I’m about midway through the 1910 Census report for Pasadena. Learned a lot of things; most of the things learned are accompanied by even more questions.
I began looking in the 1910 Census to get a feel for the number of blacks and Latinos that were in the city at the time. Wanted to use the numbers to help set a context for myself. These aren’t the only groups that I like to learn about, but they are certainly among those who aren’t included in most of the histories that focus on Millionaire’s Row. I guess I like to explore and fill in gaps.
To say the enumerators’ handwriting varied in legibility is like saying the sun is hot. Oh, my. Mostly easy to read, but some wrote in a manner similar to the student who answers in a mumble hoping that their wrong answer won’t be heard.
In one case, the name Martinez (a good Spanish last name), has three different spellings on the same page. There are similar creative interpretations for folks whose names and languages came from other countries. I could recognize some of the French and German corruptions, but those that occurred with those of Swedish, Norwegian, Chinese or Japanese origin, would take a skill set I don’t have. I suspect a native speaker of those languages would just shake their head as they read the names.
I was surprised by the number of folks whose mother and father came from another country and who a generation later were simply white Americans or in some places considered “real” Americans. The west coast was magical that way for many groups from distant lands.
I was also surprised by the number of young Swedish women who were identified as servants or domestics. It still is hard to believe that so many of those working as maids were all named Anna Anderson. True, a huge number of Scandinavians moved to the U.S. and many to Pasadena; but still.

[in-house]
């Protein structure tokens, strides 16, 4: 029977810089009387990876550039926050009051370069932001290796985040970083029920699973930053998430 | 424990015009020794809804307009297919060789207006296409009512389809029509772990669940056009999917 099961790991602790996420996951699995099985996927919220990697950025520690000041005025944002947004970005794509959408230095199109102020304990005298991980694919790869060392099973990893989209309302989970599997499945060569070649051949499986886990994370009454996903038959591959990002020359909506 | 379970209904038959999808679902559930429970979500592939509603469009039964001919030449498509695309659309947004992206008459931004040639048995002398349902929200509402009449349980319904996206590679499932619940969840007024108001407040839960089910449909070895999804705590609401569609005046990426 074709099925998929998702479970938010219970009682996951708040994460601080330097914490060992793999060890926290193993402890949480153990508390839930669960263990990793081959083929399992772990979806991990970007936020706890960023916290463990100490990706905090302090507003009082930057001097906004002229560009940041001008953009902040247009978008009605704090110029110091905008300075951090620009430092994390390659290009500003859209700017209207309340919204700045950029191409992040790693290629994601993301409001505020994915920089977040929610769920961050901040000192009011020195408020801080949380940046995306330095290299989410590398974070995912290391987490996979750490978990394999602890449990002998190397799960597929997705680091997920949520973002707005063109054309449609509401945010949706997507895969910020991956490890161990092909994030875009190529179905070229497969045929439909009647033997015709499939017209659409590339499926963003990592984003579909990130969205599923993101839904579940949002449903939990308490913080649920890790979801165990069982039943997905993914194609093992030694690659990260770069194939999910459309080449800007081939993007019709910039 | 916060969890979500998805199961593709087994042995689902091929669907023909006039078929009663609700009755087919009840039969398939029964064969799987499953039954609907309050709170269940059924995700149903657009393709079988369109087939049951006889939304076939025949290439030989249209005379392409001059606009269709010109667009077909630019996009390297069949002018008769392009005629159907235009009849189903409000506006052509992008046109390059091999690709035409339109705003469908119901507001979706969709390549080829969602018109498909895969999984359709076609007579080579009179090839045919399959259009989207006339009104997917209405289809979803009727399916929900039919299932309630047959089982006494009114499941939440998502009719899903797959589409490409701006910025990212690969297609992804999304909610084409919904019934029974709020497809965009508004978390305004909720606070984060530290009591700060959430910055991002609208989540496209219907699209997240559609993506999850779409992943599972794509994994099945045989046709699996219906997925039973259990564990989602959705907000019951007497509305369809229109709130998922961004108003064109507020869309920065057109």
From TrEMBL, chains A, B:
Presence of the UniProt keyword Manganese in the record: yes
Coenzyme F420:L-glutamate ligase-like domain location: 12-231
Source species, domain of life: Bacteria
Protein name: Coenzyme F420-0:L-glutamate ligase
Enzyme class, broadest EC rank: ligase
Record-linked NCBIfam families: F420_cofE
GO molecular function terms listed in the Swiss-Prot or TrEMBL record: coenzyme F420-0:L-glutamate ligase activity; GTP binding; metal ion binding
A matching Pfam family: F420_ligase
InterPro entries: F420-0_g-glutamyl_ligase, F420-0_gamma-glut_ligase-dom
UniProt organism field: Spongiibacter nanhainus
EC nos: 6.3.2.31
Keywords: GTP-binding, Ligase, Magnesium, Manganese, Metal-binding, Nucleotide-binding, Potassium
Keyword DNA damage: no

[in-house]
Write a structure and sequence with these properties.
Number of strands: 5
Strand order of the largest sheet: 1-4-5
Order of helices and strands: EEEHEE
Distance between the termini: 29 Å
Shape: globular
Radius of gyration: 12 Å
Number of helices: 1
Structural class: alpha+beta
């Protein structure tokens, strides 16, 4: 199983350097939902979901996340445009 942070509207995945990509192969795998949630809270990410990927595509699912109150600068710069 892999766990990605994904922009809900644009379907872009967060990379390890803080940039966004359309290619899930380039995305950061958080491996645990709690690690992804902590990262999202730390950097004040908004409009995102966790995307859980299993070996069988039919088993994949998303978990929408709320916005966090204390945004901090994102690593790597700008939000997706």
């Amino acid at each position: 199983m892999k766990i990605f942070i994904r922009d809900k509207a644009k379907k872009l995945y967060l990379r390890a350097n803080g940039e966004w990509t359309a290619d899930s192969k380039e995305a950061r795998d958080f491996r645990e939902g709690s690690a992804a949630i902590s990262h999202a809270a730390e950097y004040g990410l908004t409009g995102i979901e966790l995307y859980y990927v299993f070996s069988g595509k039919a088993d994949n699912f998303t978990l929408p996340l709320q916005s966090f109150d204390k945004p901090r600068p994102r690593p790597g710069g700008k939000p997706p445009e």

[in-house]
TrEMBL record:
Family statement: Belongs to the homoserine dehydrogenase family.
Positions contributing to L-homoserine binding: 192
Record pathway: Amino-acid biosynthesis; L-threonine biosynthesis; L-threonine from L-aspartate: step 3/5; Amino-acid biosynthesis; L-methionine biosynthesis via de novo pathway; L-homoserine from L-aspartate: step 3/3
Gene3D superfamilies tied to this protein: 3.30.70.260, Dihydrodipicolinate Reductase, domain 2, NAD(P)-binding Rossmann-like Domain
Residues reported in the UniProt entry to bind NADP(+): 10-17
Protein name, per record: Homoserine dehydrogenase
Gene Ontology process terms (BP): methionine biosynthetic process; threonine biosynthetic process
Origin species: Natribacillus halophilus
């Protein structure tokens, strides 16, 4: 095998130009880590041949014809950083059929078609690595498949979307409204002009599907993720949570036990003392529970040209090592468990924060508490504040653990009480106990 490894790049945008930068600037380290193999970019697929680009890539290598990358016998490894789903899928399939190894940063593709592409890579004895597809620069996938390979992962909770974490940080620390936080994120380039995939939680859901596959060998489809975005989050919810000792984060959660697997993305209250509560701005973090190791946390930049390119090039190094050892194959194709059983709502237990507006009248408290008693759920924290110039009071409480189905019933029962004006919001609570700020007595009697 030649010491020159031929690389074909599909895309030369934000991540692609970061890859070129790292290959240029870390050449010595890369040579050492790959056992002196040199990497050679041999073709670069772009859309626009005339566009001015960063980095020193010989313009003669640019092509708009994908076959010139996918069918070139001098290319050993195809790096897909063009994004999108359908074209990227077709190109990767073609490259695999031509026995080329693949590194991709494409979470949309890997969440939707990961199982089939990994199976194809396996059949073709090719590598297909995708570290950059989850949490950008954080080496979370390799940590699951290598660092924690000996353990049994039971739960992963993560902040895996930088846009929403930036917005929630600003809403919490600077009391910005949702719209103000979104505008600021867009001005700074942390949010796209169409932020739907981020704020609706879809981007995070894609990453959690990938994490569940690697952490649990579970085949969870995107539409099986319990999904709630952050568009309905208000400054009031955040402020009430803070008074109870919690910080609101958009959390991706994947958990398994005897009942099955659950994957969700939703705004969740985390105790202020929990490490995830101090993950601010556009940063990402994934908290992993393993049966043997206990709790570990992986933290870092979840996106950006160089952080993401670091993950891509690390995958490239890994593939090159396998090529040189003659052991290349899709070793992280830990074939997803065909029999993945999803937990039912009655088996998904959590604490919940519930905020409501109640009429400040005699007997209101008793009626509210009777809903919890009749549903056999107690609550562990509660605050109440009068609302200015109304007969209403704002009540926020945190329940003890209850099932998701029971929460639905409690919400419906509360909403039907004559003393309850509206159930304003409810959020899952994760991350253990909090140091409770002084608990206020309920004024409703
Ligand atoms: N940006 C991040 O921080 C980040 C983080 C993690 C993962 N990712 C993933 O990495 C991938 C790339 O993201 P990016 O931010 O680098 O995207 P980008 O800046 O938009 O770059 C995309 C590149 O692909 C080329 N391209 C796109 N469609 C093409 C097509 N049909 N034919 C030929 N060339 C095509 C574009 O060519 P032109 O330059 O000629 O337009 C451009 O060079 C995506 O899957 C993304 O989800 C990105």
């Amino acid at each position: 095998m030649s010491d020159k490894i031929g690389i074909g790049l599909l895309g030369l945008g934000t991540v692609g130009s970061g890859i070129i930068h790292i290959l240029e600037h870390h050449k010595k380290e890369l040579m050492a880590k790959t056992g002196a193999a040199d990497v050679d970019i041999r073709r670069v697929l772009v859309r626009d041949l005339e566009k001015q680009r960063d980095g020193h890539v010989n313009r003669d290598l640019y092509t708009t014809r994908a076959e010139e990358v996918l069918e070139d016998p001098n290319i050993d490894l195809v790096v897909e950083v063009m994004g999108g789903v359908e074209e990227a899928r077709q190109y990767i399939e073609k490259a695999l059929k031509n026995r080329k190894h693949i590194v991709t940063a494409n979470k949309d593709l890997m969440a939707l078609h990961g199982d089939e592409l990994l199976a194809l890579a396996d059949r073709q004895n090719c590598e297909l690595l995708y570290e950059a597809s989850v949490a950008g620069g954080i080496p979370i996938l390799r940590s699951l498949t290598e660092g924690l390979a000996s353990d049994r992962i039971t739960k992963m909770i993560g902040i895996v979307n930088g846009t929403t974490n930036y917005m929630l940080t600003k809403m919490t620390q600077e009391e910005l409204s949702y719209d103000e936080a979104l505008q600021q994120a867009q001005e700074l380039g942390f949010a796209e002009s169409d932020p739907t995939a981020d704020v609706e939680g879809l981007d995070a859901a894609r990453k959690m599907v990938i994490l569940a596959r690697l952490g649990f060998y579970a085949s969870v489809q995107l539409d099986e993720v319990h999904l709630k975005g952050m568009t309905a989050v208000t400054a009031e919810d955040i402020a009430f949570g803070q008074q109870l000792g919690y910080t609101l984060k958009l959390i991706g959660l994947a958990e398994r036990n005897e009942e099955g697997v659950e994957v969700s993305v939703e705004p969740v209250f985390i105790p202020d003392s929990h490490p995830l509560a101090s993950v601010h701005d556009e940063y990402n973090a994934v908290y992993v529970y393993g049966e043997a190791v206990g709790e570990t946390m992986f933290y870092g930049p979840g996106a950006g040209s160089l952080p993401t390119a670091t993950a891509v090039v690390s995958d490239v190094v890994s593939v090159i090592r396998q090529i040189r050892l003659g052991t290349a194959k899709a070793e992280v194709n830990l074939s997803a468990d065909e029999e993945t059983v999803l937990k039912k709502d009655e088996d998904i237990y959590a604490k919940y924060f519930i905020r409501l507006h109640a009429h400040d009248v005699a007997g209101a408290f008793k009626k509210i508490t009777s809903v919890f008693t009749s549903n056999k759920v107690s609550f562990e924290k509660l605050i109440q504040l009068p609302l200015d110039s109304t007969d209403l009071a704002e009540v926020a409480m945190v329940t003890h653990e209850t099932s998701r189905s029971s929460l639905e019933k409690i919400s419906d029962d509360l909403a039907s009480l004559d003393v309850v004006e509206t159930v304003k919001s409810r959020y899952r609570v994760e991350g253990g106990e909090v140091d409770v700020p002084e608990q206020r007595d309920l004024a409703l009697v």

I’ve shared some of my discoveries with folks at the Pasadena Museum of History and on facebook. At the PMH, Laura Verlaque, ever at the ready, directed me to a thesis. Its focus was the author’s great-grandmother who had worked as a domestic at about this time period in Pasadena. She left a detailed journal – of sorts. It was exciting to recognize the names and some of the addresses from the 1910 census. Familiarity breeds familiarity.
Janet Graff, a teacher with a deep love of history, shared that there was a church that was established as a place of worship for these young women. The church still exists though the congregants and the mission have changed in some respects. If you’ve driven down Lake to the 210, you’ve driven past the church.
I was surprised at the number of the Chinese and Japanese that were a part of our community in 1910. Much more than is ever mentioned. Many names seemed like random sounds – will need more study.
|Courtesy of Archives, Pasadena Museum of History|
This image above is from a yearbook, “The Item”, Throop Polytechnic Institute, from this same era. Based on some initial research it looks that this young scholar becomes Tetsuji Tschuchiyama, Bishop of the Free Methodist Church of Japan. The quote by his name in the yearbook is, “What’s in a name?”